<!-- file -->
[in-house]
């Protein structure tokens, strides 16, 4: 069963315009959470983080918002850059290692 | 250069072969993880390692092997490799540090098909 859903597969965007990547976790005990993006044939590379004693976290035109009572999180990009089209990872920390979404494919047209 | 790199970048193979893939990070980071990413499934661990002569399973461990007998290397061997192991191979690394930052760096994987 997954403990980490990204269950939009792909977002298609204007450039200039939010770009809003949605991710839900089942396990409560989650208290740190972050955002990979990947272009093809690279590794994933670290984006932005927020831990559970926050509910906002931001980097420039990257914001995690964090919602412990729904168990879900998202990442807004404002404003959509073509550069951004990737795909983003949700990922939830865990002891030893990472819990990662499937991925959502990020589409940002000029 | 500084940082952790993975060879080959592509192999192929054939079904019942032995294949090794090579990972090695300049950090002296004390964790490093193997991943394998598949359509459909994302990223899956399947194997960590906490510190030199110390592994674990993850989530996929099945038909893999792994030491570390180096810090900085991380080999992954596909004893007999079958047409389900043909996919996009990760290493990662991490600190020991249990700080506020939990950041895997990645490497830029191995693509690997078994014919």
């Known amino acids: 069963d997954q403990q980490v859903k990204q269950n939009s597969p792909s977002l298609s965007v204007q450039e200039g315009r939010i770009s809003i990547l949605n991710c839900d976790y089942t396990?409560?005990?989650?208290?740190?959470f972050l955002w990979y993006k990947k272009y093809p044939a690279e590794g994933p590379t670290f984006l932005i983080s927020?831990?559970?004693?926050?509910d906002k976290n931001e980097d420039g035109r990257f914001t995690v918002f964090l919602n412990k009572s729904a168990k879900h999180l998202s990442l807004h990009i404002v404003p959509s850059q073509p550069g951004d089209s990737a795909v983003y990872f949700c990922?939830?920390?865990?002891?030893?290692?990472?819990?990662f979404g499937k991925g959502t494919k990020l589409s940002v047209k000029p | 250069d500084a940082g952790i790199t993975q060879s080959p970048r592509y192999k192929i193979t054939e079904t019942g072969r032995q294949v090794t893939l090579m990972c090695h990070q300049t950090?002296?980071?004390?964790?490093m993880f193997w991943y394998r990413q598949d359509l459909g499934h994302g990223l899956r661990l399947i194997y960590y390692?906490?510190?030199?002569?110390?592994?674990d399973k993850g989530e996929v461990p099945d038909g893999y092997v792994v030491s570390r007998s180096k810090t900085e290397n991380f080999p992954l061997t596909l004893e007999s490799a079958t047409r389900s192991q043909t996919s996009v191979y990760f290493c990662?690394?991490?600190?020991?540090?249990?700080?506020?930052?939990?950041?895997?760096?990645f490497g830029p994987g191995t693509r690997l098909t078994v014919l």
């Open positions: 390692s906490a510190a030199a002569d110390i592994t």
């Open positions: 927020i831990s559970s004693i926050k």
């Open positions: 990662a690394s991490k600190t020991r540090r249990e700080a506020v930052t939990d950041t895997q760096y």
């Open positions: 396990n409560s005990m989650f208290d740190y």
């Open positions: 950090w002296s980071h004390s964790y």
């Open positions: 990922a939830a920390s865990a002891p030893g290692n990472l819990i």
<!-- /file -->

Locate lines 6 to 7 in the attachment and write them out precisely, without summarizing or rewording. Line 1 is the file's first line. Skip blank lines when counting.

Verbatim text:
């Open positions: 990662a690394s991490k600190t020991r540090r249990e700080a506020v930052t939990d950041t895997q760096y």
């Open positions: 396990n409560s005990m989650f208290d740190y």